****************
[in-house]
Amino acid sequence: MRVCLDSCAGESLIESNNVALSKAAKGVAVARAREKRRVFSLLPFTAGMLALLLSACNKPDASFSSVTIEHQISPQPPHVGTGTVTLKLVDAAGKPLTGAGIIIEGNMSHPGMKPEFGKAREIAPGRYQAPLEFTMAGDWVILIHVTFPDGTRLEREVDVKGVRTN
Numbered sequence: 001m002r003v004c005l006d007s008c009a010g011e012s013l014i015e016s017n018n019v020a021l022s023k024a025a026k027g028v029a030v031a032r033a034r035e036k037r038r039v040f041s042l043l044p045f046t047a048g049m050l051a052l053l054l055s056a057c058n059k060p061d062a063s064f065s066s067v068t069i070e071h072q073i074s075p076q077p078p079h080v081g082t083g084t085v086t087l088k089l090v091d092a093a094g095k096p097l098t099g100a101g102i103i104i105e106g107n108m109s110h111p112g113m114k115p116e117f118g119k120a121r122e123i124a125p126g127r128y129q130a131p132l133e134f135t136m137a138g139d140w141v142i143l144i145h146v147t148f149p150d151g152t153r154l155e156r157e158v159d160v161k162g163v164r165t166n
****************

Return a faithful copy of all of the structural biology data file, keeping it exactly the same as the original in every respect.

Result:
[in-house]
Amino acid sequence: MRVCLDSCAGESLIESNNVALSKAAKGVAVARAREKRRVFSLLPFTAGMLALLLSACNKPDASFSSVTIEHQISPQPPHVGTGTVTLKLVDAAGKPLTGAGIIIEGNMSHPGMKPEFGKAREIAPGRYQAPLEFTMAGDWVILIHVTFPDGTRLEREVDVKGVRTN
Numbered sequence: 001m002r003v004c005l006d007s008c009a010g011e012s013l014i015e016s017n018n019v020a021l022s023k024a025a026k027g028v029a030v031a032r033a034r035e036k037r038r039v040f041s042l043l044p045f046t047a048g049m050l051a052l053l054l055s056a057c058n059k060p061d062a063s064f065s066s067v068t069i070e071h072q073i074s075p076q077p078p079h080v081g082t083g084t085v086t087l088k089l090v091d092a093a094g095k096p097l098t099g100a101g102i103i104i105e106g107n108m109s110h111p112g113m114k115p116e117f118g119k120a121r122e123i124a125p126g127r128y129q130a131p132l133e134f135t136m137a138g139d140w141v142i143l144i145h146v147t148f149p150d151g152t153r154l155e156r157e158v159d160v161k162g163v164r165t166n